growth and physiological responses of phaseolus species to salinity stress

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  • 8/12/2019 Growth and Physiological Responses of Phaseolus Species to Salinity Stress

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    Hindawi Publishing CorporationInternational Journal of Agronomy Volume 2012, Article ID 527673, 13 pagesdoi:10.1155/2012/527673

    Research ArticleGrowth and Physiological Responses of Phaseolus Species toSalinity Stress

    J. S. Bayuelo-Jim enez, 1 N. Jasso-Plata, 1 and I. Ochoa 2

    1 Instituto de Investigaciones Agropecuarias y Forestales, Universidad Michoacana de San Nicol as de Hidalgo,Km. 9.5 Carr. Morelia-Zinapecuaro, 58880 Tarmbaro, Michoacan, Mexico

    2Departamento de Mejoramiento de Semillas, Unipalma S.A., Calle 74 A No. 22-31, Bogot a D.C., Colombia

    Correspondence should be addressed to J. S. Bayuelo-Jim enez, [email protected] Received 15 June 2012; Revised 21 August 2012; Accepted 24 August 2012

    Academic Editor: Antonio M. De Ron

    Copyright 2012 J. S. Bayuelo-Jimenez et al. This is an open access article distributed under the Creative Commons AttributionLicense, which permits unrestricted use, distribution, and reproduction in any medium, provided the original work is properly cited.

    This paper reports the changes on growth, photosynthesis, water relations, soluble carbohydrate, and ion accumulation, for twosalt-tolerant and two salt-sensitive Phaseolus species grown under increasing salinity (0, 60 and 90 mM NaCl). After 20 daysexposure to salt, biomass was reduced in all species to a similar extent (about 56%), with the e ff ect of salinity on relative growthrate (RGR) conned largely to the rst week. RGR of salt-tolerant species was reduced by salinity due to leaf area ratio (LAR)reduction rather than a decline in photosynthetic capacity, whereas unit leaf rate and LAR were the key factors in determiningRGR on salt-sensitive species. Photosynthetic rate and stomatal conductance decreased gradually with salinity, showing signicantreductions only in salt-sensitive species at the highest salt level. There was little di ff erence between species in the eff ect of salinity on water relations, as indicated by their positive turgor. Osmotic adjustment occurred in all species and depended on higher K + ,Na+ , and Cl accumulation. Despite some changes in soluble carbohydrate accumulation induced by salt stress, no consistentcontributions in osmotic adjustment could be found in this study. Therefore, we suggest that tolerance to salt stress is largely unrelated to carbohydrate accumulation in Phaseolus species.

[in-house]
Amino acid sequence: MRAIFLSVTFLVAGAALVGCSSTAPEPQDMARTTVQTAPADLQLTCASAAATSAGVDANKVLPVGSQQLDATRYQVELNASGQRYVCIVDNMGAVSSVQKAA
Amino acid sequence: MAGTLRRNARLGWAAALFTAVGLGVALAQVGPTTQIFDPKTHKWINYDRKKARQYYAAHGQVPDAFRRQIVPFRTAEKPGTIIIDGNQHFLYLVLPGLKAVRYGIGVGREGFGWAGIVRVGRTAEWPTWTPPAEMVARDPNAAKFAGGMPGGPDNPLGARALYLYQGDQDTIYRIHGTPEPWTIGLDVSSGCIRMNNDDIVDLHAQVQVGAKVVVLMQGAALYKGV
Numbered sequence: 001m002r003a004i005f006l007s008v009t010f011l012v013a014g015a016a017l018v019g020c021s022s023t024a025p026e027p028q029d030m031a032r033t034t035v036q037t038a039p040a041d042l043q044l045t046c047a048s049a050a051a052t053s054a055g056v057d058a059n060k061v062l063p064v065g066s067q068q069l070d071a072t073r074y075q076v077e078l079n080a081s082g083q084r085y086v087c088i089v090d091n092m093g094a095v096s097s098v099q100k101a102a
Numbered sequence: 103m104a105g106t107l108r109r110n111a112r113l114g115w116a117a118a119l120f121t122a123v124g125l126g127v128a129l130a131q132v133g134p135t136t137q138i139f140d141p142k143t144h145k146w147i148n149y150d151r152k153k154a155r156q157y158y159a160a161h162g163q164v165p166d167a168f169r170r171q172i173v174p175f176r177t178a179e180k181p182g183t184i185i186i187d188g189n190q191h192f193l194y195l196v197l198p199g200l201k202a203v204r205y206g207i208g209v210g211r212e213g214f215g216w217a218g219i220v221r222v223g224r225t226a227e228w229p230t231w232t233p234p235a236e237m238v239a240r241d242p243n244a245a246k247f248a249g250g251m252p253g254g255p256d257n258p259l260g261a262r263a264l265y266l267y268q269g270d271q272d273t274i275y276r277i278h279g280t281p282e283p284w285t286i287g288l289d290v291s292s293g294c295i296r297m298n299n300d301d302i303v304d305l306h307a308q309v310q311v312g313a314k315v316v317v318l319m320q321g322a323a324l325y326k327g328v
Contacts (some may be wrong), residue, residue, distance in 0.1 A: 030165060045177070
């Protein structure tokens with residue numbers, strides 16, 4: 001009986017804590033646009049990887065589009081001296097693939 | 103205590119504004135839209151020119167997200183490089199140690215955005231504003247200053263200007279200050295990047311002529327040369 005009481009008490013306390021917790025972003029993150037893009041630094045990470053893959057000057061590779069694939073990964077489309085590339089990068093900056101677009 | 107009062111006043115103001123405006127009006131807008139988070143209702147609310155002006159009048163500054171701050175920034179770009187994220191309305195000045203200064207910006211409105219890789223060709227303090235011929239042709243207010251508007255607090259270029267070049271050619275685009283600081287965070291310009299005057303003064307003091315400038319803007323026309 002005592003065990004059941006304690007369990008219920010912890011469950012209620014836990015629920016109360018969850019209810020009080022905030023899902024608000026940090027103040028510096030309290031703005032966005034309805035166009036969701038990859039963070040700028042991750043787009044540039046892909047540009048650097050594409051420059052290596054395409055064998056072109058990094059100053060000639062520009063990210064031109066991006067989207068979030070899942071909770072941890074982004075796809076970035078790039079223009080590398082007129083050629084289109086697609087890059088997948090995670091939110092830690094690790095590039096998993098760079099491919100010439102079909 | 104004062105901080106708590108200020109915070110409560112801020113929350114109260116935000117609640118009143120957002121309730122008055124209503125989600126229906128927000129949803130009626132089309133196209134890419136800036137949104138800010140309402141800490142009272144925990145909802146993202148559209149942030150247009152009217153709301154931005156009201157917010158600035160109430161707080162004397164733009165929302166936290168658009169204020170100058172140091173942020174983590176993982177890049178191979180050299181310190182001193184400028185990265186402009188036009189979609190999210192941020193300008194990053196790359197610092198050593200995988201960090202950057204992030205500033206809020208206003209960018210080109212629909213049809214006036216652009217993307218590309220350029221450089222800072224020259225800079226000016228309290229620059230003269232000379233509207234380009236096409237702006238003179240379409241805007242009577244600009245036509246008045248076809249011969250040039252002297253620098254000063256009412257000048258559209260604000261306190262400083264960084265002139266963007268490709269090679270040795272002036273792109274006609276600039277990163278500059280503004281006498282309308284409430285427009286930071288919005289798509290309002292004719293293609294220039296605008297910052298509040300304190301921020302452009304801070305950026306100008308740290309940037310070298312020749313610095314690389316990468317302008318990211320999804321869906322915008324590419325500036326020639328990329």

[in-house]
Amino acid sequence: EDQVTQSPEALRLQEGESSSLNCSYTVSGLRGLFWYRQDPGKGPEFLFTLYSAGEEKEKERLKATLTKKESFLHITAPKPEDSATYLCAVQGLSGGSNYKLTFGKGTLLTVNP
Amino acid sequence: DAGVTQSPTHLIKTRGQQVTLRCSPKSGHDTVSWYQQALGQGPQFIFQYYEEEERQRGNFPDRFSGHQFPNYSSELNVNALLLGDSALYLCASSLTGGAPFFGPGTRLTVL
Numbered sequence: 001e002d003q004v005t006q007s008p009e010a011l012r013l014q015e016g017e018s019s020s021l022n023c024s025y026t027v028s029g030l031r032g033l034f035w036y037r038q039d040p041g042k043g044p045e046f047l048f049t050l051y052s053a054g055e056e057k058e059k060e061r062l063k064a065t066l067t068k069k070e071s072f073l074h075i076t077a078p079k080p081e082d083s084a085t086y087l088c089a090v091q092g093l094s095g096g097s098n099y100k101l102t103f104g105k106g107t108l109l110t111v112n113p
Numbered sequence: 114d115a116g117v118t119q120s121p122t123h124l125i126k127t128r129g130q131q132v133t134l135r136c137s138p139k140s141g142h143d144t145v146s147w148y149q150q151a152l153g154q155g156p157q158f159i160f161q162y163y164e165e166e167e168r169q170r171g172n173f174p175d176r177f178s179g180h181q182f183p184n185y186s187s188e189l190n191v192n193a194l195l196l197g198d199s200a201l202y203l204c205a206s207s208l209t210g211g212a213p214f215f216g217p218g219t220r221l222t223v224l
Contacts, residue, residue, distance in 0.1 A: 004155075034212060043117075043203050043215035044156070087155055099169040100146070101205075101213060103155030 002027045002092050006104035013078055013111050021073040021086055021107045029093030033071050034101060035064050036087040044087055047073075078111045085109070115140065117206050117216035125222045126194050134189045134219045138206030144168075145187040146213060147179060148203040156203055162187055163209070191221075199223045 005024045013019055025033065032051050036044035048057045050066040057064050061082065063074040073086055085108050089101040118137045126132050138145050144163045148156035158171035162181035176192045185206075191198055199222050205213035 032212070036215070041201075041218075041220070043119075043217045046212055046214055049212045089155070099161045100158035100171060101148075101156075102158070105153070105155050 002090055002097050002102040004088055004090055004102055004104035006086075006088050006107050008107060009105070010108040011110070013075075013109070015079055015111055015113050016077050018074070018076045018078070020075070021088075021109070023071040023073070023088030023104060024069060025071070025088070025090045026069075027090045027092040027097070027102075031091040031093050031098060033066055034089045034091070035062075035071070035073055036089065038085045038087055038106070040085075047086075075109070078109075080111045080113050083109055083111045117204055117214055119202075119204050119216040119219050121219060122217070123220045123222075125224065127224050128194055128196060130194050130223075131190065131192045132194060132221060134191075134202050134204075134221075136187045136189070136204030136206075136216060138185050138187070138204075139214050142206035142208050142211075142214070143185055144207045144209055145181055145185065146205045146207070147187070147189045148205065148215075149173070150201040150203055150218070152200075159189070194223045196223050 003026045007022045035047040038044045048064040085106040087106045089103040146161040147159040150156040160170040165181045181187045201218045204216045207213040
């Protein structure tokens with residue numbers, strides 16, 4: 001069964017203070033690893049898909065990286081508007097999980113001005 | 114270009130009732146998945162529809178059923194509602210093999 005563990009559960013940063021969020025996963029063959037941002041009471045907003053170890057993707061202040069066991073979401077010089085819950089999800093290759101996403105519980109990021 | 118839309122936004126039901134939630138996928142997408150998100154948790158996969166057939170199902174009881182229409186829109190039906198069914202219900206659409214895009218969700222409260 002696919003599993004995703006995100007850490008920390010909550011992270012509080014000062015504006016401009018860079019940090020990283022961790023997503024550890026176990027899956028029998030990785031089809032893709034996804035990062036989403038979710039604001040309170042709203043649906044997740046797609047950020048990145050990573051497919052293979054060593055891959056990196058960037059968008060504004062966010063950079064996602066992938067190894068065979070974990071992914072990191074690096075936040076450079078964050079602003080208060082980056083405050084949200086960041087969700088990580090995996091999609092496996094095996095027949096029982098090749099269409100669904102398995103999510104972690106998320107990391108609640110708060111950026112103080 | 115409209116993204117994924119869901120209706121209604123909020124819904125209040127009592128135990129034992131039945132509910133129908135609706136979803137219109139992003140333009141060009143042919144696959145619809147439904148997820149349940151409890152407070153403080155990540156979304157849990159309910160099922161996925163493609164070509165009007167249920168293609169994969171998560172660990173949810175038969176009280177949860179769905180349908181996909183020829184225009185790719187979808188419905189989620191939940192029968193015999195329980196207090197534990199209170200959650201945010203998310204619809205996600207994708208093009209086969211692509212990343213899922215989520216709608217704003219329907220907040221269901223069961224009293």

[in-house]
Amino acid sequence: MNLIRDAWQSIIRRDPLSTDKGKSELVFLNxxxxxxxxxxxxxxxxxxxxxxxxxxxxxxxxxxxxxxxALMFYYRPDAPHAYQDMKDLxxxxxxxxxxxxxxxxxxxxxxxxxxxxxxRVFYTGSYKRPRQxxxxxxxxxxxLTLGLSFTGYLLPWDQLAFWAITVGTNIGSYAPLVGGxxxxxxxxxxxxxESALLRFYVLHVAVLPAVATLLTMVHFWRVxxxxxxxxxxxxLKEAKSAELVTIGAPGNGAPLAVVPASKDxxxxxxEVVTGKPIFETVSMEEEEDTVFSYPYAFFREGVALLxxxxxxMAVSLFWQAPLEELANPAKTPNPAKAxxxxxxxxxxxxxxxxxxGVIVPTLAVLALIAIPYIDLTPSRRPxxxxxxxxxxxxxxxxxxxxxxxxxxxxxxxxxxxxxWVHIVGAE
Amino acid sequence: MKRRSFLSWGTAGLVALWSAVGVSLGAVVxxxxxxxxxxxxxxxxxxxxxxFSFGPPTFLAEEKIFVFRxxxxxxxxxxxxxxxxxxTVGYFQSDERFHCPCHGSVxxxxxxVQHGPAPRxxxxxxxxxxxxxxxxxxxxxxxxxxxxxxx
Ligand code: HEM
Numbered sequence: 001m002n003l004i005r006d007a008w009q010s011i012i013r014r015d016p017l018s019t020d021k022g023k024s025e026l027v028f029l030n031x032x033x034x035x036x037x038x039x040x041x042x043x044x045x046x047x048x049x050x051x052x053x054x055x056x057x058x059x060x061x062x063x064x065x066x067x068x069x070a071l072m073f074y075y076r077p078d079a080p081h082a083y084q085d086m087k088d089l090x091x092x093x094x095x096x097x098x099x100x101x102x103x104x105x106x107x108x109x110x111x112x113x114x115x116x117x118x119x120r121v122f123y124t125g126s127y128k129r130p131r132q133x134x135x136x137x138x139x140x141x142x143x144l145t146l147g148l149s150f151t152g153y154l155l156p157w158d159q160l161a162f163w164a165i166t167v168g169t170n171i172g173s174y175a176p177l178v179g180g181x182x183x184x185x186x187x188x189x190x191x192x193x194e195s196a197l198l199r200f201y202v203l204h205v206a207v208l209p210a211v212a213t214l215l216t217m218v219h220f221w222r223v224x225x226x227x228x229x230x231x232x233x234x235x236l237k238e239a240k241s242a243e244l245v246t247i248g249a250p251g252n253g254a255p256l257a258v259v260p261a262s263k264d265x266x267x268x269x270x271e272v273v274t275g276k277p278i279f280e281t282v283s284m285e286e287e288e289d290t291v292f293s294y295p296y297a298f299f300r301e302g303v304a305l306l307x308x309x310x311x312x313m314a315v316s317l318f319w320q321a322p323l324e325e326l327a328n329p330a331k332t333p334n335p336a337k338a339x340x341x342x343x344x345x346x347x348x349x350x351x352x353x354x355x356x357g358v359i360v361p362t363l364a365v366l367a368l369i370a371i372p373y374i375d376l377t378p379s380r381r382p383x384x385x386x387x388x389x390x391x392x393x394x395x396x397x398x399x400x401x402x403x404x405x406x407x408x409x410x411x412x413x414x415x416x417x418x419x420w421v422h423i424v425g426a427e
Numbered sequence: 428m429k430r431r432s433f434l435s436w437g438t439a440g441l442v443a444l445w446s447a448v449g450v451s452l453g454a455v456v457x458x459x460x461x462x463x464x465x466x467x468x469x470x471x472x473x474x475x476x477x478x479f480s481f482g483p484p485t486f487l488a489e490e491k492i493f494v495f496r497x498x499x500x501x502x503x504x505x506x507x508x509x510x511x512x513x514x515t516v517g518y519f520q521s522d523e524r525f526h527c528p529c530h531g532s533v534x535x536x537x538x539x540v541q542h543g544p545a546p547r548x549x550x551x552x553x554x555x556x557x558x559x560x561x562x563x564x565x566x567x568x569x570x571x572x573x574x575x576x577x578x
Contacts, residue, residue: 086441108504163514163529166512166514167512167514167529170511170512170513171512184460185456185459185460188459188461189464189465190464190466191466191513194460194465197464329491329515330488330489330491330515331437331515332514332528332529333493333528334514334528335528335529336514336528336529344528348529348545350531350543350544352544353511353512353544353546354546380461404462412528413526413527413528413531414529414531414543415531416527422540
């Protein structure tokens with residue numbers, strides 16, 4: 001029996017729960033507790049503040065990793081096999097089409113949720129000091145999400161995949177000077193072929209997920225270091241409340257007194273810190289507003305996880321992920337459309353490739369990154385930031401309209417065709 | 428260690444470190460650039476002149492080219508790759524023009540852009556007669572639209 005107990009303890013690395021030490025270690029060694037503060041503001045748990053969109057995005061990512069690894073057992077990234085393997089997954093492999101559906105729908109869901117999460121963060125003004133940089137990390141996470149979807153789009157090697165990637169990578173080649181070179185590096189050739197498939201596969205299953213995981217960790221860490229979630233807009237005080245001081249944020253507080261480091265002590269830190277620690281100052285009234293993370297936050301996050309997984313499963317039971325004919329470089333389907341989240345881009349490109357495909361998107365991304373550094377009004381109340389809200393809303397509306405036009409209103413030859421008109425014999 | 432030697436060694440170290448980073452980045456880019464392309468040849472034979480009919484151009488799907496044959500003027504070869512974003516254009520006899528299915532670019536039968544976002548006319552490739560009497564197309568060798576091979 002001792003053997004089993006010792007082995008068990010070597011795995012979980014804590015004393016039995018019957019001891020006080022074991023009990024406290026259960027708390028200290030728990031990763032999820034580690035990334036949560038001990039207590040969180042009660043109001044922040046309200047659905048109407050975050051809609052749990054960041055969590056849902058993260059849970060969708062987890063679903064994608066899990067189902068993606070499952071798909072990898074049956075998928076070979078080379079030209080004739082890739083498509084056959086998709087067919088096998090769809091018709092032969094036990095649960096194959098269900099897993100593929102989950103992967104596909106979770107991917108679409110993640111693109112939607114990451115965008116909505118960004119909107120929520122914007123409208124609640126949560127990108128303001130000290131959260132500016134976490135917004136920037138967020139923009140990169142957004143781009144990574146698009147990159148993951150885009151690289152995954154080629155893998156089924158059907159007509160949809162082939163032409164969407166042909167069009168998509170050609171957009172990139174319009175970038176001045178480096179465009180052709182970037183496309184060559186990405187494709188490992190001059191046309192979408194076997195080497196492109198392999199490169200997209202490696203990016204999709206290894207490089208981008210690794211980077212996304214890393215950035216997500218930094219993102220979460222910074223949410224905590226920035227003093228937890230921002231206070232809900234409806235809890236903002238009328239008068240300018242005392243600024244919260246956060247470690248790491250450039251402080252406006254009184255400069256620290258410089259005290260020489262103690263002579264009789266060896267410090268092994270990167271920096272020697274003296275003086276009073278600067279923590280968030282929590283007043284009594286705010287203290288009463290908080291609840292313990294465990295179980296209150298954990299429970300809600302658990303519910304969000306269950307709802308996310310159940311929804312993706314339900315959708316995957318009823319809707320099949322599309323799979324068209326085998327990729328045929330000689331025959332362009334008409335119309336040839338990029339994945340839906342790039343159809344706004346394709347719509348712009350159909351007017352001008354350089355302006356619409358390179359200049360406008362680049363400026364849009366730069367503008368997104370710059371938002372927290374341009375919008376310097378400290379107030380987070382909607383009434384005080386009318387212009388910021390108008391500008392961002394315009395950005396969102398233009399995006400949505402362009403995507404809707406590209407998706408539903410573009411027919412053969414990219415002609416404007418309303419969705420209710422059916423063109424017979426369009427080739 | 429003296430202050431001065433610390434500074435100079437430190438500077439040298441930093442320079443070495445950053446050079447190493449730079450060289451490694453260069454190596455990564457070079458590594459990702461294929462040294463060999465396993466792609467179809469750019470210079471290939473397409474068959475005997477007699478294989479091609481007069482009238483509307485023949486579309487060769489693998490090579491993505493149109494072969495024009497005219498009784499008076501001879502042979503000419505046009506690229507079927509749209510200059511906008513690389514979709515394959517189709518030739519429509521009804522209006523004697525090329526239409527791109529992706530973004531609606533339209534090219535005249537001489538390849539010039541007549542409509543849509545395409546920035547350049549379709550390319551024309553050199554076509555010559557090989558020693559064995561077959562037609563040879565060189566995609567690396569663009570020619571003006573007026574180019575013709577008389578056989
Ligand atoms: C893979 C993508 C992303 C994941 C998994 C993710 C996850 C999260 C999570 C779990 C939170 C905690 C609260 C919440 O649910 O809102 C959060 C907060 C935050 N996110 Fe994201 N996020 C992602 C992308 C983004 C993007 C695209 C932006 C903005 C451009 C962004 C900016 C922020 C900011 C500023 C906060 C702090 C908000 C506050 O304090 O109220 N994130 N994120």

1. Introduction

    Salinity is considered a signicant factor a ff ecting crop pro-duction and agricultural sustainability in arid and semiaridregions of the world, reducing the value and productivity

    of the aff ected lands [ 1]. Because soil infertility is often dueto the presence of large amount of salt, the identicationof plants capable of surviving under these conditions isworth investigating [ 2]. Currently, there are no economically viable technological means to facilitate crop productionunder salt stress conditions. Nevertheless, development of genotypes with eld tolerance to salinity stress is considereda promising approach, which may help to satisfy growingfood demands of developed and developing countries. Toimprove on salt stress tolerance requires knowledge of thephysiological mechanisms and genetic controls of the traitsassociated with salt tolerance at di ff erent plant developmentstages.

    To understand the physiological mechanisms responsiblefor salinity tolerance, it is necessary to know whether theirgrowth is limited by the osmotic e ff ect of the salt in thesoil, or by the toxic eff ect of the salt within the plants. Inthe simplest analysis of the response of a plant to salinity stress, the reduction in shoot growth occurs in two phases: arapid response to the increase in external osmotic pressure,and a slower response due to the accumulation of Na + inleaves [1]. In the rst osmotic phase which starts immediately after the salt concentration around the roots increases toa threshold level (40mM NaCl for most plants, which isequivalent to ECe of 4 dS/m; [3]), the rate of shoot growthfalls signicantly. This is largely due to the osmotic e ff ectof the salt outside the roots. The second, ion-specic , phaseof plant response to salinity starts when salt accumulatesto toxic concentrations in the leaves, causing necrosis andreducing the photosynthetic area, resulting in further declineof growth [1, 4].